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NYSDEC part-222

NYSDEC Part 222 - Distributed Generation Sources

The New York State Department of Environmental Conservation (NYSDEC) has adopted Part 222 to set emission limitations of nitrogen oxides (NOx) and particulate matter (PM) for distributed generation (DG) sources, stationary reciprocating or rotary internal combustion engines that feed the distribution grid or produce electricity for use at host facilities or both. Regulated sources include oil and natural gas-fired engines and combustion turbines generally used to provide back-up power or demand response for large buildings such as large commercial industry, hospitals and office buildings.

Part 222 would impose emissions limitations on:

The Part 222 Rule applies to owners/operators of DG sources at non-major facilities with source output nameplate ratings greater than about 150 kilowatts (kW) (200 horsepower) in the New York City Metropolitan area and about 300 kW (400 horsepower) throughout the rest of the State.
DG sources include emergency and non-emergency stationary combustion sources that feed into the distribution grid and/or produce electricity for use at the host facility. Engines participating in demand response programs are classified as non-emergency engines under the Rule.

Summary of Part 222 Rule

Key highlights include the following for DG sources:

In addition, for non-emergency sources only, the Rule includes:

The proposed rule would not apply to:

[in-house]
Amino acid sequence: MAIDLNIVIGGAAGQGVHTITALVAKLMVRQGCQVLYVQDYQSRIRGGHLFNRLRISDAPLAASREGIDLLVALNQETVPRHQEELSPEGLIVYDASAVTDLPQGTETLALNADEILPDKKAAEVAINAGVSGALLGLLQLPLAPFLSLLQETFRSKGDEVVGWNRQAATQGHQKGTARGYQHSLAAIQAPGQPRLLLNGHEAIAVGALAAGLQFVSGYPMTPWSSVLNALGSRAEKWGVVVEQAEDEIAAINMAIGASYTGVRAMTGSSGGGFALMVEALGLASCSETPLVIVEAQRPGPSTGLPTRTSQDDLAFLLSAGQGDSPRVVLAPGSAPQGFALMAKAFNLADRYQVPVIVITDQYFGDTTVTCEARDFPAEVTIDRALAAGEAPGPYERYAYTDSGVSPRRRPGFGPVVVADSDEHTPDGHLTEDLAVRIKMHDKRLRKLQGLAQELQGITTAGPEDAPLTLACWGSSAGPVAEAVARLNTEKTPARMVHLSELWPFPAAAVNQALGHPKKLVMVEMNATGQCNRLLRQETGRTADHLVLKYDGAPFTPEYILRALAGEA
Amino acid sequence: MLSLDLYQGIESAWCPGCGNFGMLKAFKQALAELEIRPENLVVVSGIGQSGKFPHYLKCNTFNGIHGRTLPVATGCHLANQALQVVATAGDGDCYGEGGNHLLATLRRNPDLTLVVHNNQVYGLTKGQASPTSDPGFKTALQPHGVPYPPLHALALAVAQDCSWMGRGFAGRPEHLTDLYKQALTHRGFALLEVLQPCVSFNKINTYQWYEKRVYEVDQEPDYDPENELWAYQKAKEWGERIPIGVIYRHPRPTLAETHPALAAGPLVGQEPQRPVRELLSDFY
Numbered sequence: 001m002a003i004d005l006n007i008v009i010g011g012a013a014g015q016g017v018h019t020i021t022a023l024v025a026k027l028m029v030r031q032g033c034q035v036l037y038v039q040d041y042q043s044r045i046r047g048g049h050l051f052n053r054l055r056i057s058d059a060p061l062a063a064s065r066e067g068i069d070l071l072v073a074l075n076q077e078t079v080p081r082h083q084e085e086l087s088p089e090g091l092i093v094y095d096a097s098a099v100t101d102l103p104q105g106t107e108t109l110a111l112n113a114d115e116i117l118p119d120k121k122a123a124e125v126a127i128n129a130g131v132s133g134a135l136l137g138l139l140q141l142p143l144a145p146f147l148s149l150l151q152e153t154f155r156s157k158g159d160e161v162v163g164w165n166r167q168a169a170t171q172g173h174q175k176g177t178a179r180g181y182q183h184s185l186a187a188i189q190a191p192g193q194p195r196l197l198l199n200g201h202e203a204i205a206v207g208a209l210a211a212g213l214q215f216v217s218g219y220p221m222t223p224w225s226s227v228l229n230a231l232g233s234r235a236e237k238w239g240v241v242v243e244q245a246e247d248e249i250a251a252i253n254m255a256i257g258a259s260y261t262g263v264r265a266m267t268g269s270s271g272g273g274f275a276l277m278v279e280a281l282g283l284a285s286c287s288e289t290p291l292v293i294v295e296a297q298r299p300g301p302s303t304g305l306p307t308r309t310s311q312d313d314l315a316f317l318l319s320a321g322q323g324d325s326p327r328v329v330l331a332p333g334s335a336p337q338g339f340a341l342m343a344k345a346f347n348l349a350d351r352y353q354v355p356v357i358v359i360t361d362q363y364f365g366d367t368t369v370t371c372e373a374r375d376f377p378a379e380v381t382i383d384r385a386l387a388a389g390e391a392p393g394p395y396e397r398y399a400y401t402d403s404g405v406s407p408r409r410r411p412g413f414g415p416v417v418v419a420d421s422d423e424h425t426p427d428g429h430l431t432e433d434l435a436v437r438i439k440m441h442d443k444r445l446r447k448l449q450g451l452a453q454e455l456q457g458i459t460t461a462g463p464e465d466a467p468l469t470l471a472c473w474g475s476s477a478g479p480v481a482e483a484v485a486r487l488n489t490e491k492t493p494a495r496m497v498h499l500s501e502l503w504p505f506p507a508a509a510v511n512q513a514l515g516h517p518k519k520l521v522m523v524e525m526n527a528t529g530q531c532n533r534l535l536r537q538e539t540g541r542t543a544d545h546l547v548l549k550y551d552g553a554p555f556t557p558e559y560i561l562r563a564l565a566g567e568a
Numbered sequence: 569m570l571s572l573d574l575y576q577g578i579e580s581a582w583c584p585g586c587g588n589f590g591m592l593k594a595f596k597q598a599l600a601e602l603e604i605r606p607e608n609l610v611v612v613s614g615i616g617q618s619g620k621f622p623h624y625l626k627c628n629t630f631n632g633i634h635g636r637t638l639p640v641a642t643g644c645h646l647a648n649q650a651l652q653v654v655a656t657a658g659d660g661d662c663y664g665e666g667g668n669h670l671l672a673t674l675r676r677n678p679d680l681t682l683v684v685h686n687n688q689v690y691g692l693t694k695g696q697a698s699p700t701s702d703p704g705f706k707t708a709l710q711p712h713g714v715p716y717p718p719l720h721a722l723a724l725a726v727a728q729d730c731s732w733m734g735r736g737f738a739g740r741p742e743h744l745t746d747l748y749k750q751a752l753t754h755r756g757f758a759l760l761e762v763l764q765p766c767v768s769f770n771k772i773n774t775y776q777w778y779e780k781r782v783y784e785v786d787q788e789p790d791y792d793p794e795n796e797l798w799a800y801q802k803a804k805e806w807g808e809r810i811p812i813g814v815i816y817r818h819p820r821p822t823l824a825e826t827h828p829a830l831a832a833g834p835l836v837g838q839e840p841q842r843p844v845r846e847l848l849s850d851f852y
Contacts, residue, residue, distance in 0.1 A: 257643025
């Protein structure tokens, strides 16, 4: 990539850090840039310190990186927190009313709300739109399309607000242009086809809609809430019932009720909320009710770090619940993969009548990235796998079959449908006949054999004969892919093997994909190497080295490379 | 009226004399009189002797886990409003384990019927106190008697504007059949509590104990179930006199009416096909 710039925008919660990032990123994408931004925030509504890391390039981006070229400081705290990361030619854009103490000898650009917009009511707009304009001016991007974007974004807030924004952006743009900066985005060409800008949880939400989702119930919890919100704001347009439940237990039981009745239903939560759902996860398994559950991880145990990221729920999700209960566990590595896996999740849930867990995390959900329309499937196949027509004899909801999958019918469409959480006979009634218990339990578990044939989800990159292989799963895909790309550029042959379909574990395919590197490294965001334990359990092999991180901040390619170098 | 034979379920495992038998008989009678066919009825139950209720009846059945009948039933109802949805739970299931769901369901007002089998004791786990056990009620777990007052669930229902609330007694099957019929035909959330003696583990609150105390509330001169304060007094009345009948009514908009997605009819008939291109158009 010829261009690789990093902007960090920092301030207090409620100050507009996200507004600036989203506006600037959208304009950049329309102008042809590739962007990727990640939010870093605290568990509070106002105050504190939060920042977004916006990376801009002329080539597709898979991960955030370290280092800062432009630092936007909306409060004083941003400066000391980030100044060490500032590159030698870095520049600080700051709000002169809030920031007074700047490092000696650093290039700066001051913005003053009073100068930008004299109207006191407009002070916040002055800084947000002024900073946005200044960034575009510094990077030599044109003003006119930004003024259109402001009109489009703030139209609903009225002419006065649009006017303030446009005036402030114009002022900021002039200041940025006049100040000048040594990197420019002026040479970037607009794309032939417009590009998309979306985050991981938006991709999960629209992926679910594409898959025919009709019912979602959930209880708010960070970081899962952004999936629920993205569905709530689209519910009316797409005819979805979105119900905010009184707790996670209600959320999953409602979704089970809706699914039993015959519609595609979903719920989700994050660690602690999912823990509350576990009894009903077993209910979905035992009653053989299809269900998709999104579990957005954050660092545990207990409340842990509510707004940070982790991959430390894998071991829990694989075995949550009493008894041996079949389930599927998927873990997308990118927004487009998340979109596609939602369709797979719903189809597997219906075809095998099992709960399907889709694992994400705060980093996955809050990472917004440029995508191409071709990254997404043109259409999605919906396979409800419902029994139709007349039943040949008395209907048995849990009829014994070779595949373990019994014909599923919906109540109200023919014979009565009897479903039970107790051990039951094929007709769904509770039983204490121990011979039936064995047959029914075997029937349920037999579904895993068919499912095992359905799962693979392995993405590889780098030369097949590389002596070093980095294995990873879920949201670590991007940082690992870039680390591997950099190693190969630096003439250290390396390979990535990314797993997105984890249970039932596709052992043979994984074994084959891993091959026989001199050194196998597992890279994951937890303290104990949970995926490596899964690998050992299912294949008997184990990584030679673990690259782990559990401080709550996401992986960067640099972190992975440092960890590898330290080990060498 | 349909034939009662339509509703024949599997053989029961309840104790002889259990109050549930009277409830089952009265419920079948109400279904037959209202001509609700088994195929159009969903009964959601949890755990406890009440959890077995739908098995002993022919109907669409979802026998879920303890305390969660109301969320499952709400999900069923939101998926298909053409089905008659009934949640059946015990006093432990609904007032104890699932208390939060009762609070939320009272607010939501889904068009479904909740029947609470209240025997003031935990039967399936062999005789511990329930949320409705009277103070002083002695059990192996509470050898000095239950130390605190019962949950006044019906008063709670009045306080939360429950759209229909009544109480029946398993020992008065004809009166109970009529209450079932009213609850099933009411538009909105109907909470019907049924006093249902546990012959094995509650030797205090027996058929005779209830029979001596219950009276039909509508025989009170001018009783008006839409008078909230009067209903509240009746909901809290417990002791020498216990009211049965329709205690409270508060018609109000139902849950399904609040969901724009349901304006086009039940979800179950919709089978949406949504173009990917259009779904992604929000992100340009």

The emission standards for reciprocating internal combustion engines (RICE) are equivalent to the standards applicable to major sources covered by NYSDEC’s Subpart 227-2 (NOx RACT) regulations and the emission standards for combustion turbines (except combined cycle) are equivalent to pre-2014 (1) standards by May 1, 2017. If an existing DG source does elect the available options or does not meet stricter federal new source performance standards, NOx and/or PM control equipment may need to be installed. Owners of DG sources may also comply by either replacing the sources with new units subject to the federal standards for new sources, or limit operation to emergency conditions only, as defined in 6 NYCRR Part 200. Owners or operators of DG have compliance options including delaying compliance date for prior participation in demand response, offsetting NOx emissions with renewable energy production and alternate emission limits. Part 222 also requires tune-ups be performed and introduces restrictions on the time of day DG sources can be tested.

Key compliance dates:

(1) Current standards under Subpart 227-2 require a RACT analysis be performed to establish emission limitations of NOx while operating a combustion turbine or reciprocating internal combustion engine.